KUALA LUMPUR – Malaysia’s economy is projected to contract by 3.1% in 2020 due to a sharp slowdown in economic activity caused by COVID-19 and measures to contain its spread, according to Surviving the Storm, the latest edition of the World Bank’s Malaysia Economic Monitor, released on June 25.
The World Bank expects growth to resume in 2021 at 6.9% as the outbreak eases. The near-term outlook,
however, is unusually uncertain at present. The COVID-19 pandemic coupled with a changing world of work also raises the need for a more enhanced social protection system in Malaysia.
Aggregate investment contracted for the fifth consecutive quarter by 4.6% in Q1 2020 (as compared to a contraction of 0.7% in Q4 2019), with broad-based weaknesses in both private and public investment. Due to weak external demand, Malaysia’s exports of goods and services declined for a third consecutive quarter by 7.1% in Q1 2020 (Q4 2019: -3.4%), the largest decline since the Global Financial Crisis in 2009.
Private consumption moderated to 6.7% in Q1 2020, down from 8.1% in Q4 2019, largely reflecting the substantial impact of COVID-19 and the Movement Control Order on retail, travel, leisure, and recreational spending and consumption of durable goods during the previous period.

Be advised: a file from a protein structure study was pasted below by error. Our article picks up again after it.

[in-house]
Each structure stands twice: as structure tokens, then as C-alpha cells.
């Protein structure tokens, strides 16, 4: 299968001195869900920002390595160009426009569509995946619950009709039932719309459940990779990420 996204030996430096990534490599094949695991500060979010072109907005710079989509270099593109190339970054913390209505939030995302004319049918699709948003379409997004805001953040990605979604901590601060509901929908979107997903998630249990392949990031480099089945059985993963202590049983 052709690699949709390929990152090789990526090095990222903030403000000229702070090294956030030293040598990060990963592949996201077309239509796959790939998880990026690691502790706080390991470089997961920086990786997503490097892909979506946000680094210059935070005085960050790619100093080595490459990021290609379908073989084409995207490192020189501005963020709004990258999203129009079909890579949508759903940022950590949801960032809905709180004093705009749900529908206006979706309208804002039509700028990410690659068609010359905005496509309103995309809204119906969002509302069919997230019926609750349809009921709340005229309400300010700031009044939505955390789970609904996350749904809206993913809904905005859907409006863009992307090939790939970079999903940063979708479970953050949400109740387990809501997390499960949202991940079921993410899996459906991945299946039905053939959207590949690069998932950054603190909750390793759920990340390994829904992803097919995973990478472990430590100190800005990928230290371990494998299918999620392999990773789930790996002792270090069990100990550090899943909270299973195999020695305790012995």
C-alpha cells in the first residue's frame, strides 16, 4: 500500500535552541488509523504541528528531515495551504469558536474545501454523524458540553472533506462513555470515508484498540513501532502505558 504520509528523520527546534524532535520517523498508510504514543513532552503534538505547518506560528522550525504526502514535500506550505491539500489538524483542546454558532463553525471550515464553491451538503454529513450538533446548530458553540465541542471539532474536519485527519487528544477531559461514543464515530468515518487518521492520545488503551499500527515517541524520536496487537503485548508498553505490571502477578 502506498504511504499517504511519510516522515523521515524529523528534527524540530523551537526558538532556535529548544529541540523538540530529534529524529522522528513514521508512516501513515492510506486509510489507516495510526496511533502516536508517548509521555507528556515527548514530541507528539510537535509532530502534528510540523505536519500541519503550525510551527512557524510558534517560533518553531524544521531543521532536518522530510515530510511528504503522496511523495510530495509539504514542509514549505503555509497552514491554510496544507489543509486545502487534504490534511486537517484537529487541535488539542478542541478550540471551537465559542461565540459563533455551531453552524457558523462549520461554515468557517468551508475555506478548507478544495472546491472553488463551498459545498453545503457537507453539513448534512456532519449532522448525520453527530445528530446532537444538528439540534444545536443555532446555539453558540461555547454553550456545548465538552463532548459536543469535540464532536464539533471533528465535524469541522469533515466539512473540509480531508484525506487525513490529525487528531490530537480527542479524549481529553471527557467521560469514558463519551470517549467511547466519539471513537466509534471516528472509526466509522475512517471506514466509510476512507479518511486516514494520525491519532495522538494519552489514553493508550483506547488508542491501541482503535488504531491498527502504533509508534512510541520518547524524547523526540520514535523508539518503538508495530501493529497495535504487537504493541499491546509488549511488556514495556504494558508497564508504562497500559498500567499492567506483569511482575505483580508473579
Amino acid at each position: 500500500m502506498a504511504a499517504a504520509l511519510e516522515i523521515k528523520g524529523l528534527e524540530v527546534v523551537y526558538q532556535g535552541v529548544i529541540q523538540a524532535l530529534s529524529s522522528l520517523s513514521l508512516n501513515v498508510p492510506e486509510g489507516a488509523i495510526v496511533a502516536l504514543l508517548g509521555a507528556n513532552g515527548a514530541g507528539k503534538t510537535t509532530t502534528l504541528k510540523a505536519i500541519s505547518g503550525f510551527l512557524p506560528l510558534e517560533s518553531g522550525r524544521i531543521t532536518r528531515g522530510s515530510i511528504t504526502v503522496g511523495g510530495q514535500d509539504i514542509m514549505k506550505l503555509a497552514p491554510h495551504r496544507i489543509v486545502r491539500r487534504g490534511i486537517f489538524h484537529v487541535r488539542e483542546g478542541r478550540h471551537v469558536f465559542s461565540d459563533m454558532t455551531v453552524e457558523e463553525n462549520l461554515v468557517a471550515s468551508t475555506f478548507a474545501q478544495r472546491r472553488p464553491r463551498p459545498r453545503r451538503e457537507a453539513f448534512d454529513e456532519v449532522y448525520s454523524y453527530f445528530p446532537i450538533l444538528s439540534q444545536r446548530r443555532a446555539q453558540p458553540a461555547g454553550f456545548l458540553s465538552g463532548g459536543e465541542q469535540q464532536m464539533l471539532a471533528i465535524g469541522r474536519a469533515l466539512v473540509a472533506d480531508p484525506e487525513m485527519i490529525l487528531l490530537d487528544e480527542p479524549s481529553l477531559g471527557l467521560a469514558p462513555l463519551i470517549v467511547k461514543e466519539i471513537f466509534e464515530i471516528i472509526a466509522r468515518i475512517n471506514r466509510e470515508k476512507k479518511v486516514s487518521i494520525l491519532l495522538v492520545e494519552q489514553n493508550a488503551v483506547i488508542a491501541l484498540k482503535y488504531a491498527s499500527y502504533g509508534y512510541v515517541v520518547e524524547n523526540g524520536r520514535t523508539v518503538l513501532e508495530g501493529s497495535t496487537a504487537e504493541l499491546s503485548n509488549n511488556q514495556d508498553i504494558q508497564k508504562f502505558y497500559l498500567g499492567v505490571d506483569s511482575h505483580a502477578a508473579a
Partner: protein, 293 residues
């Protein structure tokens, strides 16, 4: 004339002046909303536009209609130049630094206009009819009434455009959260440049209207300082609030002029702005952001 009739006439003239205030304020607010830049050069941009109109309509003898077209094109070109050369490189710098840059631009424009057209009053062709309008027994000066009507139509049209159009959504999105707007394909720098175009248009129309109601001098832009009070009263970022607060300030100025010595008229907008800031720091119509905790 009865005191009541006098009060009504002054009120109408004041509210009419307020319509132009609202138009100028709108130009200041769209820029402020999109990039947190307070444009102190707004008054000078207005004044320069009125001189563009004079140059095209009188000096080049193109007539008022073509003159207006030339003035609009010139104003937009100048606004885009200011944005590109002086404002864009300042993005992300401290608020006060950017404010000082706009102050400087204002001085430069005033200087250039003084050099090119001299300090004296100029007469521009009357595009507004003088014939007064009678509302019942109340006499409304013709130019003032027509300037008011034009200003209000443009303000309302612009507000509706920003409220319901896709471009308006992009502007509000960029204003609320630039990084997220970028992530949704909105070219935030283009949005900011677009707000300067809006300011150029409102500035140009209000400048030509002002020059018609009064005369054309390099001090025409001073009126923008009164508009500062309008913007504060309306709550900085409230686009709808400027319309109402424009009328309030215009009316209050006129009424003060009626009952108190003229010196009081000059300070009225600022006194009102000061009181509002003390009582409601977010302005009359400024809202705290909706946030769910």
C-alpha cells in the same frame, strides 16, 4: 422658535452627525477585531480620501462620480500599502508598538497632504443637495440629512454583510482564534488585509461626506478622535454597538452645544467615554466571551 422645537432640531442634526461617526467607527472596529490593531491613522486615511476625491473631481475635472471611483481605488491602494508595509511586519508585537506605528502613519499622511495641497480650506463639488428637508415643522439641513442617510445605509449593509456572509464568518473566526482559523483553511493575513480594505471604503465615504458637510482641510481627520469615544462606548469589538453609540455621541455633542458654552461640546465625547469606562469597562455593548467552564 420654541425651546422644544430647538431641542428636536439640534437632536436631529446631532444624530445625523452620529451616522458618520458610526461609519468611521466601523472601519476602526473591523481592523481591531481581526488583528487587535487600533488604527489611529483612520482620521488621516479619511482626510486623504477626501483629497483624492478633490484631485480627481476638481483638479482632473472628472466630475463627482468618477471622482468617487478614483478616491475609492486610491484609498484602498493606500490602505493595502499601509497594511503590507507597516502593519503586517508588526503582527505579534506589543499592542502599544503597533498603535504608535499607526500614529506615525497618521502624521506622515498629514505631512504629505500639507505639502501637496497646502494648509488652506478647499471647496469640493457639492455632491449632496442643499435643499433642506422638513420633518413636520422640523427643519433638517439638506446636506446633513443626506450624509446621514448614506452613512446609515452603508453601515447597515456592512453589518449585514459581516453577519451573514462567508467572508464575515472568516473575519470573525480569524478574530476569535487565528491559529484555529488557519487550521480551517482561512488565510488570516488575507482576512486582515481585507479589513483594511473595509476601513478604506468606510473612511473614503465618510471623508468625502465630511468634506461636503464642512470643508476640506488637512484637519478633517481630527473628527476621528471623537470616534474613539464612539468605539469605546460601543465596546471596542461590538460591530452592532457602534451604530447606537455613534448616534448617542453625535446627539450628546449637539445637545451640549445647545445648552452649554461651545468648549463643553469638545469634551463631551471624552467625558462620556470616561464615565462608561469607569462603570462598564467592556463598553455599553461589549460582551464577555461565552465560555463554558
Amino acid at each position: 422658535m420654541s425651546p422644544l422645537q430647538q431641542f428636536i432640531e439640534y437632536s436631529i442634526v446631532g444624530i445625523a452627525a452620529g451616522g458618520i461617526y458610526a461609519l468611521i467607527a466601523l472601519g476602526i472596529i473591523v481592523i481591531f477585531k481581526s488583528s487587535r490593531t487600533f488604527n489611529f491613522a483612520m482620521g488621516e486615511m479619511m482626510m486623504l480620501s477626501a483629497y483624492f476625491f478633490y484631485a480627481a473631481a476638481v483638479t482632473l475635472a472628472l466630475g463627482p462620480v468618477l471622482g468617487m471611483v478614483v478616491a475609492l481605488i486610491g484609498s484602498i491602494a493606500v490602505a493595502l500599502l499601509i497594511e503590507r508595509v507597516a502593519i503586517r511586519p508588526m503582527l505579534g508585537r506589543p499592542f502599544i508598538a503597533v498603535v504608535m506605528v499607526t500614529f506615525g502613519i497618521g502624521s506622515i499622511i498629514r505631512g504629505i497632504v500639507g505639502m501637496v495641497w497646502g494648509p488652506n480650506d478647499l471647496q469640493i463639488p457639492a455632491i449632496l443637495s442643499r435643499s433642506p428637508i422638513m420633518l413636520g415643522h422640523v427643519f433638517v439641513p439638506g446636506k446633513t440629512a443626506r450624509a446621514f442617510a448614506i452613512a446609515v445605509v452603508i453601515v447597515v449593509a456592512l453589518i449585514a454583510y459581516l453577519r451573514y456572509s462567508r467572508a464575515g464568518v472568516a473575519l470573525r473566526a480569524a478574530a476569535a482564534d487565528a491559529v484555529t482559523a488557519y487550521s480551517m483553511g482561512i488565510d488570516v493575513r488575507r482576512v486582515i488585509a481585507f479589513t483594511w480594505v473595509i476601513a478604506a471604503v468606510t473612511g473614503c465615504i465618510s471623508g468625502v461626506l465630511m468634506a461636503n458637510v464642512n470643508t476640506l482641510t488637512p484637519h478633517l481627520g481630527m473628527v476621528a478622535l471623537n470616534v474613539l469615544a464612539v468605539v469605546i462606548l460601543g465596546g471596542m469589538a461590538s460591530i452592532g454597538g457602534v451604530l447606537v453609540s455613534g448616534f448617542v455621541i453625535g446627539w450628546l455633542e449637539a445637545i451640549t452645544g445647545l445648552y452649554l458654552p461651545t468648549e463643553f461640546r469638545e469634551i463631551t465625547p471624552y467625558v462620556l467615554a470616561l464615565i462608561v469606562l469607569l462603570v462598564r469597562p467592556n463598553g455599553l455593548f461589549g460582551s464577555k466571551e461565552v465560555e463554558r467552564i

The government responded to the economic impact of the pandemic with two rounds of the PRIHATIN economic stimulus package in February and March 2020, and the more recent PENJANA. Higher public spending coupled with declines in fiscal revenues, however, has led to a narrowing of fiscal space.
Therefore, reallocating expenditures towards priority areas, identifying new sources of non-tax revenue, and amending statutory limits on borrowing could help to temporarily expand fiscal space.
“Important social protection measures are needed to help vulnerable Malaysians survive the current economic storm and thrive in a new post-pandemic reality. Protecting livelihoods is important so that those who have lost their jobs and businesses are able to get back on their feet and contribute to Malaysia’s economic recovery,” said Firas Raad, World Bank Group Representative to Malaysia and Country Manager.
The report recommends that in the near term, government efforts focus on supporting relief and recovery efforts by deepening social assistance for lower income households, improving the delivery of social protection programs, and promoting job recovery.
As the recovery continues, further rounds of cash transfers will remain vitally important to mitigate acute financial strains among the most vulnerable groups in Malaysian society; and to support domestic consumption and human capital development during a severe economic downturn.
Over the medium and long term, support for lower-income groups can be gradually expanded to ensure that Malaysia’s social protection system provides a minimum level of protection to all households and individuals in need. This goal is well-aligned with the country’s own shared prosperity agenda and the equity outcomes of many high-income and developed nations which Malaysia is also aspiring to achieve.